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Towards a digital citizen-centric city


“It was the best of times, it was the worst of times” are the famous opening words of Dickens’ novel A Tale of Two Cities. It’s a story about people living in Paris and London around the time of the French Revolution. Opportunities in these cities were endless, but it was yet to be seen what kind of future would emerge. Fast forward almost 200 years since Dickens penned his novel and we find ourselves in the middle of another revolution. This one is a digital revolution, in which cities once more play a crucial role.

Covid has confined many of us to home, making digital services more important than ever. However, sometimes it seems that European municipal governments are not yet able to meet the needs of citizens effectively in the digital realm. While urban populations are becoming more digital, there still remains a question of whether government can digitalize public services rapidly enough to keep pace with expectations.

We can get an answer to this question in the 18th annual eGovernment Benchmark study published by Capgemini for the European Commission. The study assesses the digital maturity of eGovernment in European countries, including over 100 different government services on more than 7,000 web pages. Think, for example, about doing your income taxes, starting up a company, or applying for unemployment benefits. The study also evaluates services that are often delivered by cities and towns, such as registering in a new city after moving house, obtaining a parking permit, or applying for parental authority after your children are born.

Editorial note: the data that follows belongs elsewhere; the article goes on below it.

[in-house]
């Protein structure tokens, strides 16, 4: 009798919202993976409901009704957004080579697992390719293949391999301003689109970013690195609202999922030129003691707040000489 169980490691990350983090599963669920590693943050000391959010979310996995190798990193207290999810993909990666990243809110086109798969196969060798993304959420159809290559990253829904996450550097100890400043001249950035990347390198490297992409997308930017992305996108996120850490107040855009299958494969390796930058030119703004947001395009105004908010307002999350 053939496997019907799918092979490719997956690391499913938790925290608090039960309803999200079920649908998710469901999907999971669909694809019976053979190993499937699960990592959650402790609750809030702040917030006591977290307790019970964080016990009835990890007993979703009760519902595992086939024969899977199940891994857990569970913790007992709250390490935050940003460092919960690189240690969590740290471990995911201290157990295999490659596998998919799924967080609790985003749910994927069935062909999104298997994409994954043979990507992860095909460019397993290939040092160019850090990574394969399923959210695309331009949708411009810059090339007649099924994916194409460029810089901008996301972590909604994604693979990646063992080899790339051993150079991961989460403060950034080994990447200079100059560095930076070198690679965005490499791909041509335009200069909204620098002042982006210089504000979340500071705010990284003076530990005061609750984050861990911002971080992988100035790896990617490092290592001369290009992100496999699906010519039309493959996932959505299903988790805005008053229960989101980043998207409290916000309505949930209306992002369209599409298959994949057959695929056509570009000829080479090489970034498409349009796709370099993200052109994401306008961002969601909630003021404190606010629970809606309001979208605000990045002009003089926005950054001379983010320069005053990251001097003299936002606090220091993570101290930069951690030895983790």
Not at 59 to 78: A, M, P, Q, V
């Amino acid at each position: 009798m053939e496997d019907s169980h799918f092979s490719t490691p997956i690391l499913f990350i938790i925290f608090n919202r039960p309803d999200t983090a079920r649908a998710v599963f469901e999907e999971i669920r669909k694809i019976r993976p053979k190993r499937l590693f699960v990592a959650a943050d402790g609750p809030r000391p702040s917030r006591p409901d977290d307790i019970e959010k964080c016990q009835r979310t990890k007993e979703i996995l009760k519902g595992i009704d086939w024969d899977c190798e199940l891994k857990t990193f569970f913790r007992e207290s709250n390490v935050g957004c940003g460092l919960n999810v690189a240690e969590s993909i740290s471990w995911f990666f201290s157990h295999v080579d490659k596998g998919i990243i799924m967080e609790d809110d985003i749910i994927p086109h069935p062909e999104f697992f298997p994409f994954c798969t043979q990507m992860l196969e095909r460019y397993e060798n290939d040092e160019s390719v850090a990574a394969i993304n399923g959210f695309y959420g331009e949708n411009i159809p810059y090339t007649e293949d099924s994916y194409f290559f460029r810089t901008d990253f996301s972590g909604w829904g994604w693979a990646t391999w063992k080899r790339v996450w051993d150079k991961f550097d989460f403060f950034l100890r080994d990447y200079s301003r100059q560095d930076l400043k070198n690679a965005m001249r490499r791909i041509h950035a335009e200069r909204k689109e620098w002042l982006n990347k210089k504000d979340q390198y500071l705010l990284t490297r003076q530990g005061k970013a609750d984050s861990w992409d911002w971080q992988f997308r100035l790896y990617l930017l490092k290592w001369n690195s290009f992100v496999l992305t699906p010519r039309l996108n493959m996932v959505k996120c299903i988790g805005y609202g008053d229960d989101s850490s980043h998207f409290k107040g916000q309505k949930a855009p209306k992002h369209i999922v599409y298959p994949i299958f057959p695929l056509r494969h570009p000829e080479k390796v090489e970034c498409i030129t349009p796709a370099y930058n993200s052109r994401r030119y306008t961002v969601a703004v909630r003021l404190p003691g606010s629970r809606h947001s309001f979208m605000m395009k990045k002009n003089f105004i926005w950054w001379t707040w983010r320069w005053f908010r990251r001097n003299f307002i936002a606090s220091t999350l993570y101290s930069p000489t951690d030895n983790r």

Cities and Central Governments – who is the winner?

So, how do towns and cities measure up when compared to central government? It is clear from the survey data that local government is lagging behind at present:

  • It should be easy to access services online, but in towns and cities citizens often still have to visit a physical local authority building, with just 59% of local government services provided online. Compare that to 85% of services available via a ‘digital city hall’ for central government.
  • People expect to be able to quickly find information via their mobile devices, but some local governments are still using websites that are not mobile friendly. Currently, only 81% of local government websites are adapted to mobile phones, compared to 90% for central governments.